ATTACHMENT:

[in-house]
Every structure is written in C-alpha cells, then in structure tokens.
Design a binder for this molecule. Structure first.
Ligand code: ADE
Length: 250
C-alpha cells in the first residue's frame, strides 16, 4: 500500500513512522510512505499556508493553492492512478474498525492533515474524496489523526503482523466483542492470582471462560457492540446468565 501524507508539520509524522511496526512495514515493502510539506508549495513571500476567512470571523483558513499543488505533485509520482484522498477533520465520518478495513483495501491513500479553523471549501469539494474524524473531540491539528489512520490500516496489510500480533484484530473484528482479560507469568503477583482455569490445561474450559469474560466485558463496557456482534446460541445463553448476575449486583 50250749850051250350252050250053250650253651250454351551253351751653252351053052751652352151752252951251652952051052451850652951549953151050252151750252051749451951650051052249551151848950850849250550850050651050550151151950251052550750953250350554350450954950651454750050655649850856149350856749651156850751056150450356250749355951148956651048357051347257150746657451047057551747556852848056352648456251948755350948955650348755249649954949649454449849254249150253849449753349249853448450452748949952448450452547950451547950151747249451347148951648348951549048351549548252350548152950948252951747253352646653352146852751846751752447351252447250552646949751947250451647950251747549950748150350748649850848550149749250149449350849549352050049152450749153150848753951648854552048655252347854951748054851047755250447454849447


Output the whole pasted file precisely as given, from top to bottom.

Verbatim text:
[in-house]
Every structure is written in C-alpha cells, then in structure tokens.
Design a binder for this molecule. Structure first.
Ligand code: ADE
Length: 250
C-alpha cells in the first residue's frame, strides 16, 4: 500500500513512522510512505499556508493553492492512478474498525492533515474524496489523526503482523466483542492470582471462560457492540446468565 501524507508539520509524522511496526512495514515493502510539506508549495513571500476567512470571523483558513499543488505533485509520482484522498477533520465520518478495513483495501491513500479553523471549501469539494474524524473531540491539528489512520490500516496489510500480533484484530473484528482479560507469568503477583482455569490445561474450559469474560466485558463496557456482534446460541445463553448476575449486583 50250749850051250350252050250053250650253651250454351551253351751653252351053052751652352151752252951251652952051052451850652951549953151050252151750252051749451951650051052249551151848950850849250550850050651050550151151950251052550750953250350554350450954950651454750050655649850856149350856749651156850751056150450356250749355951148956651048357051347257150746657451047057551747556852848056352648456251948755350948955650348755249649954949649454449849254249150253849449753349249853448450452748949952448450452547950451547950151747249451347148951648348951549048351549548252350548152950948252951747253352646653352146852751846751752447351252447250552646949751947250451647950251747549950748150350748649850848550149749250149449350849549352050049152450749153150848753951648854552048655252347854951748054851047755250447454849447